Johns Hopkins University's Bloomberg School of Public Health will bring together experts next week to discuss the history of the measles virus, the efficacy of the vaccine, barriers to implementation, and the public health impact of the current measles outbreak in the U.S.
The symposium, titled "Measles Rises Again: The Science and Policy of a Preventable Outbreak," comes amid a measles outbreak that originated at California's Disneyland in mid-December and has now sickened more than 100 people in 14 states, most of whom had not been vaccinated.
Measles was all but eradicated in the U.S. more than a decade ago thanks to successful vaccination campaigns. But as the severity of the disease became a more distant memory, an increasing number of parents have been opting not to vaccinate their kids.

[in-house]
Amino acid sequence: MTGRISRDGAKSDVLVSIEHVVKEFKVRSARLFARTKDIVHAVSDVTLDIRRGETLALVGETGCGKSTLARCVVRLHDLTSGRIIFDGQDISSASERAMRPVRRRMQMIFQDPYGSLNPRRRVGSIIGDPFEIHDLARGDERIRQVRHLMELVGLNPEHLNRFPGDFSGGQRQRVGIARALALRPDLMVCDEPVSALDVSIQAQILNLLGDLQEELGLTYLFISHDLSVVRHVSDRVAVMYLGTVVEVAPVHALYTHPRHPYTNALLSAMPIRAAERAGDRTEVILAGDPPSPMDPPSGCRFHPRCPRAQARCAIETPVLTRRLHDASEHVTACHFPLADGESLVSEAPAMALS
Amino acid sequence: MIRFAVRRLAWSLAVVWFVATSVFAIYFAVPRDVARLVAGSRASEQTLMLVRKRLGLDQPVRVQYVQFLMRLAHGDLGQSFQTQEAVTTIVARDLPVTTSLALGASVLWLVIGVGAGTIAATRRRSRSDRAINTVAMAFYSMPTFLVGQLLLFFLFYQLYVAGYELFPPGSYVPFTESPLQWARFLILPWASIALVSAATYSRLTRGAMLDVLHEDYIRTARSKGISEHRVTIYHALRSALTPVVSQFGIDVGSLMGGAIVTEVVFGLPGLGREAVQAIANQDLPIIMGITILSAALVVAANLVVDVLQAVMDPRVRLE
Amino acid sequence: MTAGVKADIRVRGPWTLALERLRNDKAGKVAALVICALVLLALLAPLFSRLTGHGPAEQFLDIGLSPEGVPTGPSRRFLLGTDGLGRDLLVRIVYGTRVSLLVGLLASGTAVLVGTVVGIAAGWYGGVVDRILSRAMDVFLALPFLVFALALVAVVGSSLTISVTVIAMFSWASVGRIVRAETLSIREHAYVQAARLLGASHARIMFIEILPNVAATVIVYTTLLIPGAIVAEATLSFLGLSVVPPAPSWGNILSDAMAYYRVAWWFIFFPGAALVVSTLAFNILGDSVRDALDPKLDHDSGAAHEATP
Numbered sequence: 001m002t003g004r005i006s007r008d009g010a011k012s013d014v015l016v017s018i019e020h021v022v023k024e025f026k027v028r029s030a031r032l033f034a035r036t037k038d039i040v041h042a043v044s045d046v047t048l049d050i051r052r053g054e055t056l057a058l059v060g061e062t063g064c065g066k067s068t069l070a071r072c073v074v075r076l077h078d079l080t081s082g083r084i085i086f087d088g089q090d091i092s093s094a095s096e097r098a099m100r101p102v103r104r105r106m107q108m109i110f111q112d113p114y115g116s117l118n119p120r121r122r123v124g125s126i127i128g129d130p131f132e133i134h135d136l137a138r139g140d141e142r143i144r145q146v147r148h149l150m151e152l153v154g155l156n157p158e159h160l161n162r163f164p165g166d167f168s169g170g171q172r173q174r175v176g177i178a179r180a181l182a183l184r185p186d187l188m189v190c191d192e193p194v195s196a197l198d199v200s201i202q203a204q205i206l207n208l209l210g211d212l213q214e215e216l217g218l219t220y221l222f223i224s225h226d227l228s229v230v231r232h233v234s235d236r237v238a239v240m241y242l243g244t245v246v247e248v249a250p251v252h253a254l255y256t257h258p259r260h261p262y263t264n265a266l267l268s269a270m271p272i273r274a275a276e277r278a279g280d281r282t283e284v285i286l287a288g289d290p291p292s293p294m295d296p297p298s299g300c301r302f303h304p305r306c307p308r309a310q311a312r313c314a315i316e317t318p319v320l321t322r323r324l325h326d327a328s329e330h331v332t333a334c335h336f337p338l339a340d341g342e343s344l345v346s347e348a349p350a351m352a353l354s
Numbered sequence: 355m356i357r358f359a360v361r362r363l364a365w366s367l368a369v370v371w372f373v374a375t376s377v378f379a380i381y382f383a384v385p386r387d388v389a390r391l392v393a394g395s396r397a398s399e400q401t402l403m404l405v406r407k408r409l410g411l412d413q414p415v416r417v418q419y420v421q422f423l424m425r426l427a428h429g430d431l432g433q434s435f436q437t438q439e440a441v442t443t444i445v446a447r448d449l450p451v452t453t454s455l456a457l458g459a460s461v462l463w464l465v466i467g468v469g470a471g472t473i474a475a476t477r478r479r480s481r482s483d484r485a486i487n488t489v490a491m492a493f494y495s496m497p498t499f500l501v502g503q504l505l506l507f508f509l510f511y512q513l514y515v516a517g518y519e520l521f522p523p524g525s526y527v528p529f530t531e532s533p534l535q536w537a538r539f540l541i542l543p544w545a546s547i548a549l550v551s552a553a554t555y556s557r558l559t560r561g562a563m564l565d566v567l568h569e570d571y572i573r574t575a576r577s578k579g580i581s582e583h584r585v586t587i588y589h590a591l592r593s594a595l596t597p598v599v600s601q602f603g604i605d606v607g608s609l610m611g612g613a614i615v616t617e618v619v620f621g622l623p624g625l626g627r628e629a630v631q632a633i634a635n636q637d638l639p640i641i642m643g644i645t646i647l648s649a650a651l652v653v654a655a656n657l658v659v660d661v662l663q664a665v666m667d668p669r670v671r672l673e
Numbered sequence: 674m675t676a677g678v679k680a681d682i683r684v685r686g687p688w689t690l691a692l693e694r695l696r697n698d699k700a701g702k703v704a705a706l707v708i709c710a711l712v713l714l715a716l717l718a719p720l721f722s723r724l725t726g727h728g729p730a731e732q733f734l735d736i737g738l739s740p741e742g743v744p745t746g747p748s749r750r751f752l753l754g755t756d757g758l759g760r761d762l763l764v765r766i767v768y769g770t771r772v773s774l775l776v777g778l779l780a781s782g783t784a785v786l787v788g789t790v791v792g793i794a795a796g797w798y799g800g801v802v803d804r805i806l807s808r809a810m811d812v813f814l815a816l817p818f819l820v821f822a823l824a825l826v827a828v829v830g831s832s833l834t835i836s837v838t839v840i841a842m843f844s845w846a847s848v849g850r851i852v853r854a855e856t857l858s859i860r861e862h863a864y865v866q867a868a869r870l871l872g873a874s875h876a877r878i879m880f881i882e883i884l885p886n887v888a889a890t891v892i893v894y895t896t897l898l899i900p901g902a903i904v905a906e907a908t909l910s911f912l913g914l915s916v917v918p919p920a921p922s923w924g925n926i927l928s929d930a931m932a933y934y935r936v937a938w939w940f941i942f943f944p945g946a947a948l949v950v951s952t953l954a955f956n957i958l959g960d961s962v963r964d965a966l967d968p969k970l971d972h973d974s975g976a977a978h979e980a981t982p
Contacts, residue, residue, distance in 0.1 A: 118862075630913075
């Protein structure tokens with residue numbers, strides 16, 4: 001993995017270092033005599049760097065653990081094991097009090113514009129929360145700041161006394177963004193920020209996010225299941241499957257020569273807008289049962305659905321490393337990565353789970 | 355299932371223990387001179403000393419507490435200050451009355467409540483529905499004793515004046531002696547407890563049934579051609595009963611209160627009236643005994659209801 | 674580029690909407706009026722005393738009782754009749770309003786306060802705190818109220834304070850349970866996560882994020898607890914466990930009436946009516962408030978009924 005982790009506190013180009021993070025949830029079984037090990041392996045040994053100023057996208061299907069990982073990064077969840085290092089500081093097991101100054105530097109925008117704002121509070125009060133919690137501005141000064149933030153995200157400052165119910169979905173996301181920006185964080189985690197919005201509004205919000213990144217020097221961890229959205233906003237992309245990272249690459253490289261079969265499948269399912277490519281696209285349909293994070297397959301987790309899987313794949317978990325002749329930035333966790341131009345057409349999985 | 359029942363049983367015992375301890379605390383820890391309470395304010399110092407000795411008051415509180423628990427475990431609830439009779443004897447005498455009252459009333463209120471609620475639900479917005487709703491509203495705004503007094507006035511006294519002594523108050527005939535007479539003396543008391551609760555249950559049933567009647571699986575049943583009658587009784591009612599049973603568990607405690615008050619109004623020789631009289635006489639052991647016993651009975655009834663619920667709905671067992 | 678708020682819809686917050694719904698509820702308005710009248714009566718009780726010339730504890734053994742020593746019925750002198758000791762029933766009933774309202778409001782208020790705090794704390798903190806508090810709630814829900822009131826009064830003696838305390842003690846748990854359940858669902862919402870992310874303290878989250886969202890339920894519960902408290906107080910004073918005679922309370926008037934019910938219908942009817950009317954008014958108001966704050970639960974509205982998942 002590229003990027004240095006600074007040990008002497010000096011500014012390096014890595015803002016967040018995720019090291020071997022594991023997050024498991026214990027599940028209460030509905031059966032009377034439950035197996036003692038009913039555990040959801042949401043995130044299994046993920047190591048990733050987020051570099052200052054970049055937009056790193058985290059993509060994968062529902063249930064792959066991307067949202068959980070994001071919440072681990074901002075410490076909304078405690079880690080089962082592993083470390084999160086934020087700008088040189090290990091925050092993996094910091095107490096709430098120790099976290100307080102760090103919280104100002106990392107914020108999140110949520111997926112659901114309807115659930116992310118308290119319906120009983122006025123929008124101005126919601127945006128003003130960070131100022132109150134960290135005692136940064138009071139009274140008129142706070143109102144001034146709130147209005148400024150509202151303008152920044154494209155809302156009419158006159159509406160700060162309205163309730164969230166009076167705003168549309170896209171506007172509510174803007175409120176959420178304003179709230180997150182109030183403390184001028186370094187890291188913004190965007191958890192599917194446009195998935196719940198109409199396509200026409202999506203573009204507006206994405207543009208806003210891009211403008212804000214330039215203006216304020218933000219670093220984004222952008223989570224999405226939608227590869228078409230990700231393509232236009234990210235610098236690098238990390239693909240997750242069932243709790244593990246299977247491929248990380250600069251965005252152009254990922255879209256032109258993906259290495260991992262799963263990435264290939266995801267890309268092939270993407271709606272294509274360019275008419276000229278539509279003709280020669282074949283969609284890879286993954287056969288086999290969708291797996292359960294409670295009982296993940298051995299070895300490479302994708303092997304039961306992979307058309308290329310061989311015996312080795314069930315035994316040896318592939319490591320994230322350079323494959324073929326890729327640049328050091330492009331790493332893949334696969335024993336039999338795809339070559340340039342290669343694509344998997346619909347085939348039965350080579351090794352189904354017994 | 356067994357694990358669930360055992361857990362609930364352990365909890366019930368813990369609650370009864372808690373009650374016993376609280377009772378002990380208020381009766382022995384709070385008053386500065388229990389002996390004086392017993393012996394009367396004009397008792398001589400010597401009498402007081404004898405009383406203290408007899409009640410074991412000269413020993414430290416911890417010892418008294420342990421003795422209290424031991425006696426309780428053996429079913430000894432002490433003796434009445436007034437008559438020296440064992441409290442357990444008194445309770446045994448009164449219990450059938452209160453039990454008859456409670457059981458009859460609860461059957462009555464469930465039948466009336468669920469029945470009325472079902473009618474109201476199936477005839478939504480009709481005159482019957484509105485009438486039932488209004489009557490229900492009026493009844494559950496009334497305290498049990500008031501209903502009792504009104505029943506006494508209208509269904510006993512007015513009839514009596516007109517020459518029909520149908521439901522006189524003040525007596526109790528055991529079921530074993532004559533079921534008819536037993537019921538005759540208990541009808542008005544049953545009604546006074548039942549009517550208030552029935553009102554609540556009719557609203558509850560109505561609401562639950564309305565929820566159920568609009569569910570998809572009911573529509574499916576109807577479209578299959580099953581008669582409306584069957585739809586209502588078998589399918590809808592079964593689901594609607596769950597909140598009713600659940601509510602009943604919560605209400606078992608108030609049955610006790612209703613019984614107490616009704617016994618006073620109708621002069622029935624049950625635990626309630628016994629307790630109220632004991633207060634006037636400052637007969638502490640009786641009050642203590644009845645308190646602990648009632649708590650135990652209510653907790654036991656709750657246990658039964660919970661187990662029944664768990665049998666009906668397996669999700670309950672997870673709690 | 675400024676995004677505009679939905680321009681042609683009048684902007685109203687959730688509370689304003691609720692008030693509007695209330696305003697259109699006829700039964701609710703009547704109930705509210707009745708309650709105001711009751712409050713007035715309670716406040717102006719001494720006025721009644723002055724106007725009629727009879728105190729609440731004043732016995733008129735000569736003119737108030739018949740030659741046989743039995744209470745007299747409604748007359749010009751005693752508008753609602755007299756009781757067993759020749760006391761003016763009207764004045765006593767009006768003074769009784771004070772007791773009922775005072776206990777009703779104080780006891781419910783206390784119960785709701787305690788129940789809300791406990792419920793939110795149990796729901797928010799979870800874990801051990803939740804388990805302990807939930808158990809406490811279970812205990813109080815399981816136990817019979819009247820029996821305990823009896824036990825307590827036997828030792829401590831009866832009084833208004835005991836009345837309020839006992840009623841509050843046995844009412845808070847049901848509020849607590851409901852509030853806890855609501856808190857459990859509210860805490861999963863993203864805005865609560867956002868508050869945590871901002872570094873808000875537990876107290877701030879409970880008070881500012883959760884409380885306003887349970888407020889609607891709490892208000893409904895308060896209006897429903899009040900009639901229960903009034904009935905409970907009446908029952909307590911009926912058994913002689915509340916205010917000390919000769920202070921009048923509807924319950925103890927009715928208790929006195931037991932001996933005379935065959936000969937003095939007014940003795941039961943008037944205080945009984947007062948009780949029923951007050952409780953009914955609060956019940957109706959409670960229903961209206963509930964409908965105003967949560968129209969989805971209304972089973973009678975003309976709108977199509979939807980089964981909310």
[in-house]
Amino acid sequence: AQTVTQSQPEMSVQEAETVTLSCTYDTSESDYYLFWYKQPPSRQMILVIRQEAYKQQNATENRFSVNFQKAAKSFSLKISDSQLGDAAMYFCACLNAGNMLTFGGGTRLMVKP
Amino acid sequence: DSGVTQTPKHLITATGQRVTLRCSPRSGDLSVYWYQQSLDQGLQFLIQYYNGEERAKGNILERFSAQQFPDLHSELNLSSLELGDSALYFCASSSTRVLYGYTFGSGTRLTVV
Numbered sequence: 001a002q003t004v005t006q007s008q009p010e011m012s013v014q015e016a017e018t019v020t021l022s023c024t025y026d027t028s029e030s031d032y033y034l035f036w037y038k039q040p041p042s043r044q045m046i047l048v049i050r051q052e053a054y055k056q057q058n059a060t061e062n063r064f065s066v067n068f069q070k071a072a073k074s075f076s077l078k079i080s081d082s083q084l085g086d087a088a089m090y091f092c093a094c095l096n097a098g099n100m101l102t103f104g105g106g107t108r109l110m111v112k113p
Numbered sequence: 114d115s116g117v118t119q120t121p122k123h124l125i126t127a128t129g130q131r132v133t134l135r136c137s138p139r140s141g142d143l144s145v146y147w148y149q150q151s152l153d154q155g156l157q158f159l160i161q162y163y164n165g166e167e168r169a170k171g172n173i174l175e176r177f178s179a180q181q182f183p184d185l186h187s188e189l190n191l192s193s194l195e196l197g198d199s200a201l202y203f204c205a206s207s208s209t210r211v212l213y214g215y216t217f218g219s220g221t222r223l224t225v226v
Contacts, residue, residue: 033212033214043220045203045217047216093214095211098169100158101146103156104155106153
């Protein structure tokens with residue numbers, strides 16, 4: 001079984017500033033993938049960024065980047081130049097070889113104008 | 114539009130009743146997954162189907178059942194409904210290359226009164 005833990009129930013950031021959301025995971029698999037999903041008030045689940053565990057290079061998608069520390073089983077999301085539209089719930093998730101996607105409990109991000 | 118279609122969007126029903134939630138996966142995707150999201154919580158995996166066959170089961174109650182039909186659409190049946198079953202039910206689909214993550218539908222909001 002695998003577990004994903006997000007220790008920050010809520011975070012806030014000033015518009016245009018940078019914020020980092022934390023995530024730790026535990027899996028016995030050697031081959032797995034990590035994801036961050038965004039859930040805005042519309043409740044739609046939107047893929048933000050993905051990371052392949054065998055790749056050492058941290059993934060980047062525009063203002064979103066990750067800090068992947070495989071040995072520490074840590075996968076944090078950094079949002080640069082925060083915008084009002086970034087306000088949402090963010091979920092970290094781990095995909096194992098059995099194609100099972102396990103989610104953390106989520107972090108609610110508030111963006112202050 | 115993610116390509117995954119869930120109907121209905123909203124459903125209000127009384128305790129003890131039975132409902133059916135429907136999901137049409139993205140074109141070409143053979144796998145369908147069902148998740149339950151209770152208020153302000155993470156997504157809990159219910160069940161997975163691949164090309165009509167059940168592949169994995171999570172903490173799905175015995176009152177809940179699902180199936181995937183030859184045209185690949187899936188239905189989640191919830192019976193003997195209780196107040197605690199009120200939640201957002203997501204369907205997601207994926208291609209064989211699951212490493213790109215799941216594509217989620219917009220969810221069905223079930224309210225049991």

The School of Public Health event will take place Monday from 9 a.m. to 1 p.m. in Sommer Hall at the Bloomberg School in East Baltimore (registration begins at 8:30 a.m.). A livestream broadcast will be available.
Confirmed speakers include retired U.S. Rep. Henry A. Waxman; ABC chief health and medical editor Richard Besser; and several experts from the Bloomberg School—Neal Halsey, director of the Institute for Vaccine Safety; Daniel Salmon, deputy director of the Institute for Vaccine Safety; Diane Griffin, professor in the Department of Molecular Microbiology and Immunology; and Josh Sharfstein, associate dean for public health practice and training.